Sever's disease is a condition characterized by pain in one or both heels with walking. The pain is caused by shortening of the heel-cord. It usually affects children between the ages of 10 and 13
years old. During this phase of life, growth of the bone is taking place at a faster rate than the tendons. Sever's disease is also called calcaneal apophysitis.
Sever condition is caused by sprain injury where the Achilles tendon attaches to the calcaneus bone at the back of the heel. Sever condition occurs in adolescent or older children, particularly
active boys. It can be very painful. It is one of those conditions commonly referred to as "growing pains." Patients are evaluated for signs of conditions that can mimic Sever condition, such as
ankylosing spondylitis and other forms of arthritis. Usually Sever condition is self-limited; that is, it disappears as the child ages.
Pain is usually related to activity levels. In most cases the posterior aspect of the calcaneus will be tender. Checking both the medial and lateral aspects of the posterior portion of the growth
plate will often show tenderness. Occasionally, the plantar aspect may be tender or both of these locations may be found to be tender. Frequently the Achilles tendon is tight and there may have been
a recent increase in activity. The factors contributing to this disorder are similar to those causing plantar fasciitis, but a tight Achilles tendon appears to be a greater contributor than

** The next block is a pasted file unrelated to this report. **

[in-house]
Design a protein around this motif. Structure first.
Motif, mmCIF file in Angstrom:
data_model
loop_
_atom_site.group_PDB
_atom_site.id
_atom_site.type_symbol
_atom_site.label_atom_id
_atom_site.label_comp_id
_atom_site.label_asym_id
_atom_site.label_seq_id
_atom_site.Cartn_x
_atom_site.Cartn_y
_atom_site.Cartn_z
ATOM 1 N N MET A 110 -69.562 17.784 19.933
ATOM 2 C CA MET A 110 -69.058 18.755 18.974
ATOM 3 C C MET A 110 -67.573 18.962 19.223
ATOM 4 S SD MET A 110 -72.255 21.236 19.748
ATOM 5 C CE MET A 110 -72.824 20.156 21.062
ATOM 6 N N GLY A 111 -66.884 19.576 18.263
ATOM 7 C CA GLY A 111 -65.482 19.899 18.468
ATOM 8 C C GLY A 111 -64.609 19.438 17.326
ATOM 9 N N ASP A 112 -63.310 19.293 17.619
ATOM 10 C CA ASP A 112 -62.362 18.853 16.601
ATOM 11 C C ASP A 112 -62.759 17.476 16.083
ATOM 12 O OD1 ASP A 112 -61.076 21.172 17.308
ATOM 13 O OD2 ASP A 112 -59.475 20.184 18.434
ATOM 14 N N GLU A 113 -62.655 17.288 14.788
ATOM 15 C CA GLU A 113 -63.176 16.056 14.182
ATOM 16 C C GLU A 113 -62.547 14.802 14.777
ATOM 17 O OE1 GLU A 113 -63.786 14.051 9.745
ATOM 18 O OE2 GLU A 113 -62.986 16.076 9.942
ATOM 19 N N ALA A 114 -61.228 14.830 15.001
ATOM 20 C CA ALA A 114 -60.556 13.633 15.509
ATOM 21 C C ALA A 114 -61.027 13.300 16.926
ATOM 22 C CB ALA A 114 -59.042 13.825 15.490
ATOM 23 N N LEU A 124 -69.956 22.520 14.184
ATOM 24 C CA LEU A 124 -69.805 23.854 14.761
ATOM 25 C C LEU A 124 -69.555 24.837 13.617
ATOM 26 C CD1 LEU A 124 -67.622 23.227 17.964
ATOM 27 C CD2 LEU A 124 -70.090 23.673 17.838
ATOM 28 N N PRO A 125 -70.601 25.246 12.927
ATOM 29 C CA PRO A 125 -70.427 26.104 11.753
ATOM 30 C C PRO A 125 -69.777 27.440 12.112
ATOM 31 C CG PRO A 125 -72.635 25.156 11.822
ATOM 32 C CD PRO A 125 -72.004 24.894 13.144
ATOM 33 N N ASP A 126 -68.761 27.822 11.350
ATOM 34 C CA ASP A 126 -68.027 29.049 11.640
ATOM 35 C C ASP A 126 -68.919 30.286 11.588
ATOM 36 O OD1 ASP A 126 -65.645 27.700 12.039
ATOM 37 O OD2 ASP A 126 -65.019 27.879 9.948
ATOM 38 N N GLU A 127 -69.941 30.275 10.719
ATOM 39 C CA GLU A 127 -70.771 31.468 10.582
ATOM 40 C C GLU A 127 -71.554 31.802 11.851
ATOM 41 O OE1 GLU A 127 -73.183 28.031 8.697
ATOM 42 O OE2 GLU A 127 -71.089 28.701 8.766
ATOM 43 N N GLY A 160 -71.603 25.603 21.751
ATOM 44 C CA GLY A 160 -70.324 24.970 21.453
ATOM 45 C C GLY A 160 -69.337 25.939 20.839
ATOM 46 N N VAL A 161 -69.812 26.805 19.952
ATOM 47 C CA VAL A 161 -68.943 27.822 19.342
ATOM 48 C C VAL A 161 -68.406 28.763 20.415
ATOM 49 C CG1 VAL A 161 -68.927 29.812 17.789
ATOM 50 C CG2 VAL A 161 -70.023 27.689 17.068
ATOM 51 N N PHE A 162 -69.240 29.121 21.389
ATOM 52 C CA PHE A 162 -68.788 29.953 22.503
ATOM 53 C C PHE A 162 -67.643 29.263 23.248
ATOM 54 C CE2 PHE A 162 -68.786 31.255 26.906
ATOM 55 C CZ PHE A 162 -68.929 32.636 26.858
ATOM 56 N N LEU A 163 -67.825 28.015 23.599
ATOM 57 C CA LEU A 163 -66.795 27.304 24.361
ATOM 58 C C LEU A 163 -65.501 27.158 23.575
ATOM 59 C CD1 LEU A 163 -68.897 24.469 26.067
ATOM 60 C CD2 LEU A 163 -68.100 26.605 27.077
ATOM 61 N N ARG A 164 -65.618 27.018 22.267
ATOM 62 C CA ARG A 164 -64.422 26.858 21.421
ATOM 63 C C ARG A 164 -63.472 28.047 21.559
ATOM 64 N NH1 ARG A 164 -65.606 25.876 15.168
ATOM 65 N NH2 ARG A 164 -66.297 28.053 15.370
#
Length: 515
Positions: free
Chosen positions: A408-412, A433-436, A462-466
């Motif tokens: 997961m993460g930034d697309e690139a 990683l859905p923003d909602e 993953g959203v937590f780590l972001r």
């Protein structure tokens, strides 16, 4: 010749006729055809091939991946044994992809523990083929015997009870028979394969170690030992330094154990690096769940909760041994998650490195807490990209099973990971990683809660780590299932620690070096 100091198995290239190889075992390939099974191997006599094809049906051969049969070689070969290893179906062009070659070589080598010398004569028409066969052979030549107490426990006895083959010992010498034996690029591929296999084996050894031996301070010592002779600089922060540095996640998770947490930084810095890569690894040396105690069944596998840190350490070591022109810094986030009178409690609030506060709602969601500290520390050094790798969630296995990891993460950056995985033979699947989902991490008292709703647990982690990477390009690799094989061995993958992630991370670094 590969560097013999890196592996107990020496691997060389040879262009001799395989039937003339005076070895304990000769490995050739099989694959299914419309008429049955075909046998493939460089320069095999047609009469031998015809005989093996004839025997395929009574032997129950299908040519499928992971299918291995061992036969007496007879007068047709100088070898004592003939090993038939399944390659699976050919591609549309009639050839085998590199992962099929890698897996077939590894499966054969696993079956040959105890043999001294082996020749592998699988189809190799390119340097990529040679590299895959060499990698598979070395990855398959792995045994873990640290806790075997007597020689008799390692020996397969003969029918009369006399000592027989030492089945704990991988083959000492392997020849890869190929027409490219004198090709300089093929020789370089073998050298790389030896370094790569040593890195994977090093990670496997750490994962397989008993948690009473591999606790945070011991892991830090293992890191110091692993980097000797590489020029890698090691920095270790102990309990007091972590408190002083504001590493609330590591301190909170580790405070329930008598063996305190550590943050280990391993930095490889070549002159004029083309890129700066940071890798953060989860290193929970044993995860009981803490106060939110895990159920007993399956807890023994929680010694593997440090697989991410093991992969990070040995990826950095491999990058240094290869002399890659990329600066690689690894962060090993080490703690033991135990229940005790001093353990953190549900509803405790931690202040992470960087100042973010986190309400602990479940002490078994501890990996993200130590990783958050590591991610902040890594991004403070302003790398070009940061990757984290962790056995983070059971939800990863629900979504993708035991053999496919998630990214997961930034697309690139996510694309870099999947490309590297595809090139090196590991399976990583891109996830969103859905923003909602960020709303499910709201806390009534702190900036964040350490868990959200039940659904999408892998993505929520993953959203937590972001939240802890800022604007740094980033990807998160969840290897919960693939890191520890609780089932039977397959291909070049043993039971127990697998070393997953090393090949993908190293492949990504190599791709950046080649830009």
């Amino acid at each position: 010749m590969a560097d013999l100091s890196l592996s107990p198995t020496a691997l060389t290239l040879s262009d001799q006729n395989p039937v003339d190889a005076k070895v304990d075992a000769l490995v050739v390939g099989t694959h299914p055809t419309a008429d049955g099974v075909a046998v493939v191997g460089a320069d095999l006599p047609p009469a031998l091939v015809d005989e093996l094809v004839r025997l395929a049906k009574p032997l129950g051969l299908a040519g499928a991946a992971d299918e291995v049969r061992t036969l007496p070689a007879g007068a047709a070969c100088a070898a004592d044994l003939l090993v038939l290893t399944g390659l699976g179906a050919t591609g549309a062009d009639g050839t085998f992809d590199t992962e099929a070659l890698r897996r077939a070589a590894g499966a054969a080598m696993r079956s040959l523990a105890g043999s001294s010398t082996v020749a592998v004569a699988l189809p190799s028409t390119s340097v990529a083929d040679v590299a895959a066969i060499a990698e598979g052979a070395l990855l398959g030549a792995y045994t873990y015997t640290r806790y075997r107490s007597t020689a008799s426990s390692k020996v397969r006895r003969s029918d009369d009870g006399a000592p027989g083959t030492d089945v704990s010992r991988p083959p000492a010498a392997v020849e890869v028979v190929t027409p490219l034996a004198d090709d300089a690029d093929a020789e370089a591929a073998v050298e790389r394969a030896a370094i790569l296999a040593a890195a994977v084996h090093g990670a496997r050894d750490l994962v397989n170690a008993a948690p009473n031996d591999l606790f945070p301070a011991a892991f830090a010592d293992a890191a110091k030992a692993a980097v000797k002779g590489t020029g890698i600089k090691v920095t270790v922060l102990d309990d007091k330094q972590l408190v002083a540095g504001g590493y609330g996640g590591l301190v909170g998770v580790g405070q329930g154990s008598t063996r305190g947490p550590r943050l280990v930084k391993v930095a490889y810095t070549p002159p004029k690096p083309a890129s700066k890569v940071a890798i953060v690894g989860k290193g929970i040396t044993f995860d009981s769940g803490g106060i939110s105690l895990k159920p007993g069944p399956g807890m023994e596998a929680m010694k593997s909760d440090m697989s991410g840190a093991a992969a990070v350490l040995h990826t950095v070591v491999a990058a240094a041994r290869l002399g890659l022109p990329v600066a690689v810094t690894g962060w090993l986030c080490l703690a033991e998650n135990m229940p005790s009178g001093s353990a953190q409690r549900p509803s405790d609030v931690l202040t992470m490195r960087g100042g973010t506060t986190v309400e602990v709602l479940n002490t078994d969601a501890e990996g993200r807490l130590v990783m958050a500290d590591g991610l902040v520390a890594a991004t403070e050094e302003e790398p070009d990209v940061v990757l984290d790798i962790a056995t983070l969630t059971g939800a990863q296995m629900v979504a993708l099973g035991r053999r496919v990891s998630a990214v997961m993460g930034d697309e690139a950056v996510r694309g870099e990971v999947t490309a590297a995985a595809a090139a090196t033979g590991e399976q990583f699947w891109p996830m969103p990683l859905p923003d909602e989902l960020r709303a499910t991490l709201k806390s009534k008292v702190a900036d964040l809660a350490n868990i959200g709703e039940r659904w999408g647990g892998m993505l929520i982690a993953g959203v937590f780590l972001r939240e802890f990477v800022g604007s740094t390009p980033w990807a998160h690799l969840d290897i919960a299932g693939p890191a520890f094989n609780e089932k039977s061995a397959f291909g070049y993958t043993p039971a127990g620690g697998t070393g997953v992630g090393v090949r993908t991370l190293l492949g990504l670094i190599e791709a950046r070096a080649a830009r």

Sever condition is diagnosed by detecting the characteristic symptoms and signs above in the older children, particularly boys between 8 and 15 years of age. Sometimes X-ray testing can be helpful as
it can occasionally demonstrate irregularity of the calcaneus bone at the point where the Achilles tendon attaches.
Non Surgical Treatment
The surgeon may select one or more of the following options to treat calcaneal apophysitis. Reduce activity. The child needs to reduce or stop any activity that causes pain. Support the heel.
Temporary shoe inserts or custom orthotic devices may provide support for the heel. Medications. Nonsteroidal anti-inflammatory drugs (NSAIDs), such as ibuprofen, help reduce the pain and
inflammation. Physical therapy. Stretching or physical therapy modalities are sometimes used to promote healing of the inflamed issue. Immobilization. In some severe cases of pediatric heel pain, a
cast may be used to promote healing while keeping the foot and ankle totally immobile. Often heel pain in children returns after it has been treated because the heel bone is still growing. Recurrence
of heel pain may be a sign of calcaneal apophysitis, or it may indicate a different problem. If your child has a repeat bout of heel pain, be sure to make an appointment with your foot and ankle
To prevent Sever's Disease, fit your child with kid's shoes with good cushioning in the footbed, shock absorption in the heel, and support in the outsole. Make sure children wear supportive shoes,
especially when they're running and jumping, to reduce the impact on the heel and strain on the developing bone and muscle structure of a kids' feet. Children's arch supports and heel cups
comfortably support the foot and encourage healthy alignment while your child runs or walks.